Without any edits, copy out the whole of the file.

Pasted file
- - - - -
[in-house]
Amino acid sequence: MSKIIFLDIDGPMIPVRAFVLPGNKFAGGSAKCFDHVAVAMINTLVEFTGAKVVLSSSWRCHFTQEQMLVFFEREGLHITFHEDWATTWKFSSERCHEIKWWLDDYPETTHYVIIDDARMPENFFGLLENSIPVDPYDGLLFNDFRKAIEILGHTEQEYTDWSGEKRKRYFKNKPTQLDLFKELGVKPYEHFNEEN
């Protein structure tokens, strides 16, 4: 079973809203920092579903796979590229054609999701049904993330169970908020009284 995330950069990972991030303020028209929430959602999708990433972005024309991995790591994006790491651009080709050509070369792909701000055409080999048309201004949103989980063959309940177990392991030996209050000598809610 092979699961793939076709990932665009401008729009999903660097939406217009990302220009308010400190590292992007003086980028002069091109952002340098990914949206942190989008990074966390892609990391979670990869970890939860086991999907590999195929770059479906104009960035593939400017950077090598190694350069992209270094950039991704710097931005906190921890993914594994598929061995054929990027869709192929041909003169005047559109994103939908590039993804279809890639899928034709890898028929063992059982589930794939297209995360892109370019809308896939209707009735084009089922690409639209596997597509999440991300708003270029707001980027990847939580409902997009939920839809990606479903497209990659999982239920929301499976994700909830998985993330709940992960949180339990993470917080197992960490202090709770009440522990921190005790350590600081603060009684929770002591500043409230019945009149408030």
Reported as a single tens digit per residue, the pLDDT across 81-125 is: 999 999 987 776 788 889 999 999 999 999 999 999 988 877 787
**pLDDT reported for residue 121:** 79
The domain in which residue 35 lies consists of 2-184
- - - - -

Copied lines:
[in-house]
Amino acid sequence: MSKIIFLDIDGPMIPVRAFVLPGNKFAGGSAKCFDHVAVAMINTLVEFTGAKVVLSSSWRCHFTQEQMLVFFEREGLHITFHEDWATTWKFSSERCHEIKWWLDDYPETTHYVIIDDARMPENFFGLLENSIPVDPYDGLLFNDFRKAIEILGHTEQEYTDWSGEKRKRYFKNKPTQLDLFKELGVKPYEHFNEEN
């Protein structure tokens, strides 16, 4: 079973809203920092579903796979590229054609999701049904993330169970908020009284 995330950069990972991030303020028209929430959602999708990433972005024309991995790591994006790491651009080709050509070369792909701000055409080999048309201004949103989980063959309940177990392991030996209050000598809610 092979699961793939076709990932665009401008729009999903660097939406217009990302220009308010400190590292992007003086980028002069091109952002340098990914949206942190989008990074966390892609990391979670990869970890939860086991999907590999195929770059479906104009960035593939400017950077090598190694350069992209270094950039991704710097931005906190921890993914594994598929061995054929990027869709192929041909003169005047559109994103939908590039993804279809890639899928034709890898028929063992059982589930794939297209995360892109370019809308896939209707009735084009089922690409639209596997597509999440991300708003270029707001980027990847939580409902997009939920839809990606479903497209990659999982239920929301499976994700909830998985993330709940992960949180339990993470917080197992960490202090709770009440522990921190005790350590600081603060009684929770002591500043409230019945009149408030």
Reported as a single tens digit per residue, the pLDDT across 81-125 is: 999 999 987 776 788 889 999 999 999 999 999 999 988 877 787
**pLDDT reported for residue 121:** 79
The domain in which residue 35 lies consists of 2-184